Arcadia, Parnon fight oil price manipulation lawsuits


* U.S. judge hears oral arguments in New York court

* Class action plaintiffs cite critical Sept. 2007 email

* Case is the second facing traders over early 2008 prices

By Grant McCool

NEW YORK, Oct 10 (Reuters) - A lawsuit claiming oil pricemanipulation by Arcadia Petroleum, Parnon Energy and two oiltraders in early 2008 had no factual support, a lawyer for thedefendants told a judge on Wednesday, but their accusers cited apotentially damaging email.

The traders have been accused of using a combination ofcontracts for physical oil futures to manipulate the market foroil at the key U.S. hub of Cushing, Oklahoma, including inJanuary, March and April 2008.

The class action, consolidating several lawsuits by otheroil traders, is the second faced by traders Nicholas Wildgooseand James Dyer and the companies, which are owned by Norwegianbillionaire John Fredriksen.

In April, U.S. District Judge William Pauley, who is hearingboth cases, denied a motion to dismiss similar allegations bythe U.S. Commodity Futures Trading Commission regulator.

A lawyer for the plaintiffs, who brought a class action inManhattan federal court last year, cited a September 2007 emailby one of the traders saying there was a "shitload of money tobe made shorting" NYMEX WTI crude oil calendar spreads.

A calendar spread in NYMEX WTI crude oil futures contracts

is a position in two consecutive futures contracts.

"This email underpins every allegation in the case," theplaintiff's lawyer, Warren Burns, told the judge during oralarguments over Arcadia and Parnon's bid to dismiss thelitigation.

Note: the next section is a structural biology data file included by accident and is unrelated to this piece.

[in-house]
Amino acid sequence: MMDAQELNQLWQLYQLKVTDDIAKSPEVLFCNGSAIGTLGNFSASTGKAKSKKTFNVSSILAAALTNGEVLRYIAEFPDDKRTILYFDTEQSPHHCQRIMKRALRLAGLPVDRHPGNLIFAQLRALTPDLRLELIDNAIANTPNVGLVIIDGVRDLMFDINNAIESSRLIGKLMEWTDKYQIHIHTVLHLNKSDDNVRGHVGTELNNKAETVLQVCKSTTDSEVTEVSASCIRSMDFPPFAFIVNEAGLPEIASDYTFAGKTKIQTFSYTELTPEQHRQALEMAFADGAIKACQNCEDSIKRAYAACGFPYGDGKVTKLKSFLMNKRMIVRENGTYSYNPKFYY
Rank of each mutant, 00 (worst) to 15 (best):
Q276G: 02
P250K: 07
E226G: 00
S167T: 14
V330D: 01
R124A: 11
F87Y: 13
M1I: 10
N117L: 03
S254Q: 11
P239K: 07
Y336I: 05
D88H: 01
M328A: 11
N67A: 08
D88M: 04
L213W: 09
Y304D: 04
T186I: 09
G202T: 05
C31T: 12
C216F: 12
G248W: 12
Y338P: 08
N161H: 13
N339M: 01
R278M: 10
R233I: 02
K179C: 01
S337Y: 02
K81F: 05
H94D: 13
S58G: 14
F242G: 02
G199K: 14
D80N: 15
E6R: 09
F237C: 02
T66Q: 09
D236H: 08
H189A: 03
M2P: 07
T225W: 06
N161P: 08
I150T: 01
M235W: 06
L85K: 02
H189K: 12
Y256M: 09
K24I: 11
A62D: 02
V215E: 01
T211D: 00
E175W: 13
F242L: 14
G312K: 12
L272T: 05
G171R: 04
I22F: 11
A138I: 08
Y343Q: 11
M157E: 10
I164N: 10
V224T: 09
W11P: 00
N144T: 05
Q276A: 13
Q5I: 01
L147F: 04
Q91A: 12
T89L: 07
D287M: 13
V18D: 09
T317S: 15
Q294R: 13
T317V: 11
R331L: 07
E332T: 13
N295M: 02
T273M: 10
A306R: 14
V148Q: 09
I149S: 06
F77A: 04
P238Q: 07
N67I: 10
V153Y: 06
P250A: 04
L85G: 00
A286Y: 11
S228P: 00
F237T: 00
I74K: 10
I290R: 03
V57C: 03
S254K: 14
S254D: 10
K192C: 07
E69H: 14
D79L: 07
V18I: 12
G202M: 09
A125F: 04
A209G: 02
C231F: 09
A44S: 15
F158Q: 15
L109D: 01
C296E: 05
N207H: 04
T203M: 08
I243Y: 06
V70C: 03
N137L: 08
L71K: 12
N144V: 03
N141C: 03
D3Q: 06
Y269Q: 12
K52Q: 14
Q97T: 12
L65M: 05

The lawsuit said Dyer's 2007 email explained that the marketwould first need to believe that crude oil supplies at Cushingwere low so prices would rise. The email also said someone wouldhave to unexpectedly turn the end-of-the-month balance into asurplus.

The traders dumped barrels back on to the market, causingprices to crash and racking up profits from short positions theyhad accrued in futures markets, the lawsuit said.

The defendants' lawyer, Timothy Carey, argued in court onWednesday that the complaint "has no support of factualallegations that could lead to liability. On that basis alone,the complaint should be dismissed."

Carey said the plaintiffs had also failed to make theirclaim that the traders intended to monopolize the crude oilfutures market at Cushing.

The judge did not make an immediate ruling on the arguments.Among the questions he asked were whether "there was intent tomonopolize or make a whole bunch of money?" and "can youmonopolize something for just a couple of days?"

The case is In re: Crude oil commodities futures litigationin U.S. District Court for the Southern District of New York,No. 11- 03600

(Editing by Edwina Gibbs)

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